2. Familiarity with the docs
If you are so familiar, then why can’t you pass our certification test? You say that you are a Realtor and therefore you are familiar with loan documents, yet you can’t explain more than 20% of them. This is a snow job once again.

3. Bragging
If I ask a question, most Notaries have to answer the question and then insert a lot of unasked for additional information which just sounds cheap and cheesy. If you are from Wisconsin, I can understand cheesy, if you are French, then perhaps a Brie, and if you are from Nebraska I can understand corny. But, the rest of you have no excuse. Just answer questions as they were asked.

4. Saying you dropped the package.
Some Notaries claim to have dropped the package at one time when they really did not. Hmm.

5. Drama
Sometimes a borrower will be rude to the Notary and then the Notary will be rude back. When the complaint comes in, sometimes the Notary will discuss mainly all of the terrible things that the borrower did and not be honest about what they themselves did.

6. Certifications
Many Notaries who are not or who are no longer 123notary certified will say that they are in their profiles. Hmm. It’s hard to prove your 123notary certification when you don’t have the green icon, isn’t it?

7. Error Rate
Bragging about your 0% error rate is stupid, because anyone can claim it and there is no way to prove it. We all make mistakes. The same people who brag about their perfect performance are the ones who make spelling mistakes in their profile.

8. Vagueness about their Mortgage experience.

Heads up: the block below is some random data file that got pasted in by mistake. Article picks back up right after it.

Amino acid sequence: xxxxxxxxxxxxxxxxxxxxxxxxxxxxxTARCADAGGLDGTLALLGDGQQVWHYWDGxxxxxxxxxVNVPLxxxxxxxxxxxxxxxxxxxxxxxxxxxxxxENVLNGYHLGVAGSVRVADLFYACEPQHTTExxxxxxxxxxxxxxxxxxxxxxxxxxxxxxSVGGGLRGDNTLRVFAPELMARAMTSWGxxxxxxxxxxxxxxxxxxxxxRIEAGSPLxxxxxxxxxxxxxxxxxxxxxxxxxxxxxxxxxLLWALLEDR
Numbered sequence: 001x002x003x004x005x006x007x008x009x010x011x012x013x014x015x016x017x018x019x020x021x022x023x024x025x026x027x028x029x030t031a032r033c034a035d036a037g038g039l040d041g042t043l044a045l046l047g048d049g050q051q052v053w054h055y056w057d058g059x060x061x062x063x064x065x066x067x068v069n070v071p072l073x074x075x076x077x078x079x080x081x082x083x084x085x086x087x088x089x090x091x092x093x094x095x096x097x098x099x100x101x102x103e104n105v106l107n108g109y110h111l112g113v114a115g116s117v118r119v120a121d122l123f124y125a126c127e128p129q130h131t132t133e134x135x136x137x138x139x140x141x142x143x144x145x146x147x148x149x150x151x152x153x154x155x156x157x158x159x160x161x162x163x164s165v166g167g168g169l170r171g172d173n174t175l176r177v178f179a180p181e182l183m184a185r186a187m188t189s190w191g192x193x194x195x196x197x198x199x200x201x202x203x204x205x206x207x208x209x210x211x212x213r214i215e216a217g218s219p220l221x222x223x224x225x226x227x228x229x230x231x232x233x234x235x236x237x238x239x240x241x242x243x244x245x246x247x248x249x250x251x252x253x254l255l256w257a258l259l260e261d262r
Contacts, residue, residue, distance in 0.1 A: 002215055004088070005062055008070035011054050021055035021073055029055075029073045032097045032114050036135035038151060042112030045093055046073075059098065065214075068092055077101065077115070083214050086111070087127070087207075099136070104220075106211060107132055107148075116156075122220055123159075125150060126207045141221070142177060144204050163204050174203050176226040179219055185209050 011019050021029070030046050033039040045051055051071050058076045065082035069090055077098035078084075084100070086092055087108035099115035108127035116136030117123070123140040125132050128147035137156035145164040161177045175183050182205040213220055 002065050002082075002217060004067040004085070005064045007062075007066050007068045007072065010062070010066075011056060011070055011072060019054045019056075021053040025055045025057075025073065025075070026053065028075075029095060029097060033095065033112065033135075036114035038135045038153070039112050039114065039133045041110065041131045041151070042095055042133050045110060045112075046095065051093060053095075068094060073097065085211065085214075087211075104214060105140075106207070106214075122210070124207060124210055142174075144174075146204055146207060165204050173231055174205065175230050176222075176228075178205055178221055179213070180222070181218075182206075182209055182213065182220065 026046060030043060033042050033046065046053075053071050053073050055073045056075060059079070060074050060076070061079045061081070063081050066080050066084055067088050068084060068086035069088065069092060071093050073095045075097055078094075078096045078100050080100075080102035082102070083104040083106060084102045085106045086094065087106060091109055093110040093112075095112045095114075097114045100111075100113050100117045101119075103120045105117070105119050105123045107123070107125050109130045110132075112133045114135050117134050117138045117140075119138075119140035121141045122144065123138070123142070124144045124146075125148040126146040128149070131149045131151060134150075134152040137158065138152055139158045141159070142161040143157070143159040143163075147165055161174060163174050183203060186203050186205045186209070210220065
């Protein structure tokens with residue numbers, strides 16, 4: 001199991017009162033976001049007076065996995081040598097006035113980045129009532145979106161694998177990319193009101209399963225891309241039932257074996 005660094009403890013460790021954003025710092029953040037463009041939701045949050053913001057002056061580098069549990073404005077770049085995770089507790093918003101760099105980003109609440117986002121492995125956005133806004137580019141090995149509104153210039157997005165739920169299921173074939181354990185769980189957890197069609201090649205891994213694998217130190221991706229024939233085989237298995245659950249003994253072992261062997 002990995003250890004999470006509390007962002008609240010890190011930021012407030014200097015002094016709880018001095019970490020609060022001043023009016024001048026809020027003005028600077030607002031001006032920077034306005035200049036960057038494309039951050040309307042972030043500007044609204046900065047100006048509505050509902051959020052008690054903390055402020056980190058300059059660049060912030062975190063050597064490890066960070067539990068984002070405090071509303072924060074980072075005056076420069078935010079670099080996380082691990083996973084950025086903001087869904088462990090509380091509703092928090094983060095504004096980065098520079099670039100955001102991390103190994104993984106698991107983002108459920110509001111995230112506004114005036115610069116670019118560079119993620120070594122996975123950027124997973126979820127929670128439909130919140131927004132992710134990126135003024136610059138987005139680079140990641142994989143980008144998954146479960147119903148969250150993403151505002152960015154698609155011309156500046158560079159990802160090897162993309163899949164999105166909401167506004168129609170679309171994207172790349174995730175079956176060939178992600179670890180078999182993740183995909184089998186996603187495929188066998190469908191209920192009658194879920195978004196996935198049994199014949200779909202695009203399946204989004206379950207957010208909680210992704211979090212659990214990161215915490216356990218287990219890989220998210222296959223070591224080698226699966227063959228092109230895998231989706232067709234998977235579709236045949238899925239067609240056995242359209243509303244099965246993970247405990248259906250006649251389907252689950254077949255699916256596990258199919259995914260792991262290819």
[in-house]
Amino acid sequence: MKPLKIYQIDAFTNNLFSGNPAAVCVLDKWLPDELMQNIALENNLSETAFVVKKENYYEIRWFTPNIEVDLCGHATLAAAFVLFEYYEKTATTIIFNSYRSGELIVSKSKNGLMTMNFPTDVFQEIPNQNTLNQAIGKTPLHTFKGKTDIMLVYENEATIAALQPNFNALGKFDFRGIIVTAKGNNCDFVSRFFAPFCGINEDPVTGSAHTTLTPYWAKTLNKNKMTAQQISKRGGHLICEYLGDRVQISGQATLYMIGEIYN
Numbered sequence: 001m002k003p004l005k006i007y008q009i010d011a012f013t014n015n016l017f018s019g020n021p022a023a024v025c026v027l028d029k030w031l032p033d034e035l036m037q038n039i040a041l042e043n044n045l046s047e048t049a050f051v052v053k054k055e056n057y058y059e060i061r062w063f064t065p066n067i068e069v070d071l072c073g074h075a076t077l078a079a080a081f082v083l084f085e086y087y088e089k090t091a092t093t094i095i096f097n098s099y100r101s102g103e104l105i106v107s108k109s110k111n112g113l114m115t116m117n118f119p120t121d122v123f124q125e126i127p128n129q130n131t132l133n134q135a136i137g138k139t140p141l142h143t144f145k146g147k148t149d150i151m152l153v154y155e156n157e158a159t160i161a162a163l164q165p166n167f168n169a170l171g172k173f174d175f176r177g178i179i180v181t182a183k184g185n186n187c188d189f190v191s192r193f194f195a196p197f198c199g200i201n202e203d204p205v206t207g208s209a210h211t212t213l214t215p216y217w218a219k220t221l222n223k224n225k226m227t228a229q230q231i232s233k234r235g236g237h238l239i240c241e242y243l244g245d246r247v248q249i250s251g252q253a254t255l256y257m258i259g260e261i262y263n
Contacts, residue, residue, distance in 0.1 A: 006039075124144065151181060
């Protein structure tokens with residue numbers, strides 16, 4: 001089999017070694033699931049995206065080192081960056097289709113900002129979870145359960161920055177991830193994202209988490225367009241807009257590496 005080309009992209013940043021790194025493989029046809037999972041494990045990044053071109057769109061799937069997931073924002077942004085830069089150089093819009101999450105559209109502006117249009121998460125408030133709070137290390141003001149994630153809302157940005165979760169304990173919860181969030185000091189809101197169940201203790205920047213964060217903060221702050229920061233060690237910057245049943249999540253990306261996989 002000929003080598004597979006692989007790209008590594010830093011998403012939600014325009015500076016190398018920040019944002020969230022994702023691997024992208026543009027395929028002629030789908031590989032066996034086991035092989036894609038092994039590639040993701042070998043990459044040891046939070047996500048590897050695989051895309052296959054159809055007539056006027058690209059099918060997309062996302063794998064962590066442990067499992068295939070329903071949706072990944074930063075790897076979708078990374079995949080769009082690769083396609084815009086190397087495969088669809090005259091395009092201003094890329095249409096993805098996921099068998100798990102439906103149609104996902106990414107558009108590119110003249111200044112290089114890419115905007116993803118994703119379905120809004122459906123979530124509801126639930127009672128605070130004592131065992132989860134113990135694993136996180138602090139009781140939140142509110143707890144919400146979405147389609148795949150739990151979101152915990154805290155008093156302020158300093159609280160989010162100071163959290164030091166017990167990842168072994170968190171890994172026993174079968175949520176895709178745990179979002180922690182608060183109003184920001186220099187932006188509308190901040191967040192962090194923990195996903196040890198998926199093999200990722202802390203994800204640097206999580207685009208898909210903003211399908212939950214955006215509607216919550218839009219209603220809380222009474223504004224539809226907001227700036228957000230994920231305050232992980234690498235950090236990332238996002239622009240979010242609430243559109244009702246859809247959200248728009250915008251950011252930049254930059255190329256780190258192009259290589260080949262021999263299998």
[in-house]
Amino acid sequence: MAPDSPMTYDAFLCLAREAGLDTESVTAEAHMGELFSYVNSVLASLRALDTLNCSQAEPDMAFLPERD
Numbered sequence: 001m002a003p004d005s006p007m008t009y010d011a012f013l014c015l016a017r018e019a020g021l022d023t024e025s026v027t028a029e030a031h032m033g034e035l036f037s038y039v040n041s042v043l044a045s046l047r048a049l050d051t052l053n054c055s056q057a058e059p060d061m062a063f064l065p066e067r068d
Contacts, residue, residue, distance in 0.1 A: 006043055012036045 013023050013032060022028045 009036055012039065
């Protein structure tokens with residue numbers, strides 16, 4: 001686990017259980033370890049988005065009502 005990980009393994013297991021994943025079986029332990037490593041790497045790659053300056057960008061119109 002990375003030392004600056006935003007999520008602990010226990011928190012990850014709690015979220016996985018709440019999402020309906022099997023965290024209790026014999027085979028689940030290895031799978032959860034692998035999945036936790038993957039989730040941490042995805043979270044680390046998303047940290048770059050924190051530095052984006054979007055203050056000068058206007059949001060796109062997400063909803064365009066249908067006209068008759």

It is sometimes a bad thing to be a Mortgage Broker as that can indicate that you are a competitor. So, many just claim to have been in the Mortgage Industry for ten or twenty years. This is really beating around the bush. It is better to state what position you had or leave it out.

Summary
Notaries are notorious for snow jobs, smoke screens and all out blatant dishonesty. In a profession that is based on integrity this is really outlandish, but reality. Trying to pass yourself off as an expert when you know very little or hiding information about yourself is just not honest or straightforward. Very few Notaries can just stick to the facts, but those are the ones that buyers like. So, try to think of how they feel on the other side of the table.

You might also like:

When a title company lies to you
http://blog.123notary.com/?p=19349

Protecting yourself with a contract
http://blog.123notary.com/?p=2593

Share
>

December 1, 2019

What do successful Notaries do that you don’t?

Filed under: Business Tips — admin @ 6:00 am

We all want to be successful and we all think that we are experts at our job. But, are we really? Here are some things successful Notaries do that the others don’t do.

1. Keep your profile managed regularly.